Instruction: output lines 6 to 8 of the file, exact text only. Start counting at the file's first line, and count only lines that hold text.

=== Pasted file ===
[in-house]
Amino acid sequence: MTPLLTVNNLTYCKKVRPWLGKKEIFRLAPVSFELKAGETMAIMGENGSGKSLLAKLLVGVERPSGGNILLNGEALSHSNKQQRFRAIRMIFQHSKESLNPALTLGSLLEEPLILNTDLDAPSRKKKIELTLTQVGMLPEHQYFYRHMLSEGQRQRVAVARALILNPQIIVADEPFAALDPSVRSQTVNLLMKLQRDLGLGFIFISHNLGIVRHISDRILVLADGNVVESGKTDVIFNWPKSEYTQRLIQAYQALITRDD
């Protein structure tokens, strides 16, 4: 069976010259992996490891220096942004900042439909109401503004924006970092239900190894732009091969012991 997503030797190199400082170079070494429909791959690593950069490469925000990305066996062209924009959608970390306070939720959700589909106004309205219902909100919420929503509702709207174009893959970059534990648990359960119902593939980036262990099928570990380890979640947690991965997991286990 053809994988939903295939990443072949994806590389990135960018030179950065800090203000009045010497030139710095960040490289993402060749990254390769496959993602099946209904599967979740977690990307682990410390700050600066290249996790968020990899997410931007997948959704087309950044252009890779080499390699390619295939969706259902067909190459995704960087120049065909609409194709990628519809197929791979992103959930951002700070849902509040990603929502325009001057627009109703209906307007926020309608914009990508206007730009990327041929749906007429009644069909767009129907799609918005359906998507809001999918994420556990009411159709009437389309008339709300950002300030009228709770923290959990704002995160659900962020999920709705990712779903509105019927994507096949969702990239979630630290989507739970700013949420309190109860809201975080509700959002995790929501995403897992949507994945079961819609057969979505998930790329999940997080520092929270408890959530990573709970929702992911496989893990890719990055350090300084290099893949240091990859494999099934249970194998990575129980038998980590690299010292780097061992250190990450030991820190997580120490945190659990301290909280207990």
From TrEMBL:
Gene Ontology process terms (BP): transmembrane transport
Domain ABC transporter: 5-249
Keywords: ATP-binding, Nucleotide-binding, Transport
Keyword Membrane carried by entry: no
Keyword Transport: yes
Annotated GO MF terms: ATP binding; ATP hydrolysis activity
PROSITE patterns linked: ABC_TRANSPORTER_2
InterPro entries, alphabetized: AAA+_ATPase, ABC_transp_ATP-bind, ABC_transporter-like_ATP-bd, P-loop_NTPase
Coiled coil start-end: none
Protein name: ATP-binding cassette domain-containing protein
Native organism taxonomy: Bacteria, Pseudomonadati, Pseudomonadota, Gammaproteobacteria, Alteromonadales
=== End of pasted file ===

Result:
Domain ABC transporter: 5-249
Keywords: ATP-binding, Nucleotide-binding, Transport
Keyword Membrane carried by entry: no